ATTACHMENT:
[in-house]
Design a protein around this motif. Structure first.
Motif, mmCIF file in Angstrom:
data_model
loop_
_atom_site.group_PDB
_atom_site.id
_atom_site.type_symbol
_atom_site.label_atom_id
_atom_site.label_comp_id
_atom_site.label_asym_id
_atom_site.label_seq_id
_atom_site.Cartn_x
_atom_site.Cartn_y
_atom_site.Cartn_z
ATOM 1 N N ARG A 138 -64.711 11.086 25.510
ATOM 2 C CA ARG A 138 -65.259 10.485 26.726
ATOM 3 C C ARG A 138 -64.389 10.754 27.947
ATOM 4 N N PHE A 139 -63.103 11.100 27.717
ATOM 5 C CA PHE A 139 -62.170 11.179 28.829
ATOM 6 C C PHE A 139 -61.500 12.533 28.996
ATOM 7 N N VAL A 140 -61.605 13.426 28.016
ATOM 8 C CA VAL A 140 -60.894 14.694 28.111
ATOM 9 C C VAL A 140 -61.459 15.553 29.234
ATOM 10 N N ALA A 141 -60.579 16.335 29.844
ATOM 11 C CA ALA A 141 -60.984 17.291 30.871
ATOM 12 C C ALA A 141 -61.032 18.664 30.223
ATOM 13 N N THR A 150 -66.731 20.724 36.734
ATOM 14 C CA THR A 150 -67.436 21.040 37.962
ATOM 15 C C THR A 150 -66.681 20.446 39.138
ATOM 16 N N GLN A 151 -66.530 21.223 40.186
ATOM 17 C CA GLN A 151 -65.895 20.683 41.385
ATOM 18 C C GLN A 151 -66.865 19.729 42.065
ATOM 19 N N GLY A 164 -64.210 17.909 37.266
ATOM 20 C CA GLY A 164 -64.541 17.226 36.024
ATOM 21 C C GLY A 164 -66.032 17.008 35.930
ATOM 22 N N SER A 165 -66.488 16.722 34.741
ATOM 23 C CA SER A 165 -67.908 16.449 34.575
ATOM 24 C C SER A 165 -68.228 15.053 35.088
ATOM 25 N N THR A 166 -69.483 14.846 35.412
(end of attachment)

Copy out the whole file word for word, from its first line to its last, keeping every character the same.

[in-house]
Design a protein around this motif. Structure first.
Motif, mmCIF file in Angstrom:
data_model
loop_
_atom_site.group_PDB
_atom_site.id
_atom_site.type_symbol
_atom_site.label_atom_id
_atom_site.label_comp_id
_atom_site.label_asym_id
_atom_site.label_seq_id
_atom_site.Cartn_x
_atom_site.Cartn_y
_atom_site.Cartn_z
ATOM 1 N N ARG A 138 -64.711 11.086 25.510
ATOM 2 C CA ARG A 138 -65.259 10.485 26.726
ATOM 3 C C ARG A 138 -64.389 10.754 27.947
ATOM 4 N N PHE A 139 -63.103 11.100 27.717
ATOM 5 C CA PHE A 139 -62.170 11.179 28.829
ATOM 6 C C PHE A 139 -61.500 12.533 28.996
ATOM 7 N N VAL A 140 -61.605 13.426 28.016
ATOM 8 C CA VAL A 140 -60.894 14.694 28.111
ATOM 9 C C VAL A 140 -61.459 15.553 29.234
ATOM 10 N N ALA A 141 -60.579 16.335 29.844
ATOM 11 C CA ALA A 141 -60.984 17.291 30.871
ATOM 12 C C ALA A 141 -61.032 18.664 30.223
ATOM 13 N N THR A 150 -66.731 20.724 36.734
ATOM 14 C CA THR A 150 -67.436 21.040 37.962
ATOM 15 C C THR A 150 -66.681 20.446 39.138
ATOM 16 N N GLN A 151 -66.530 21.223 40.186
ATOM 17 C CA GLN A 151 -65.895 20.683 41.385
ATOM 18 C C GLN A 151 -66.865 19.729 42.065
ATOM 19 N N GLY A 164 -64.210 17.909 37.266
ATOM 20 C CA GLY A 164 -64.541 17.226 36.024
ATOM 21 C C GLY A 164 -66.032 17.008 35.930
ATOM 22 N N SER A 165 -66.488 16.722 34.741
ATOM 23 C CA SER A 165 -67.908 16.449 34.575
ATOM 24 C C SER A 165 -68.228 15.053 35.088
ATOM 25 N N THR A 166 -69.483 14.846 35.412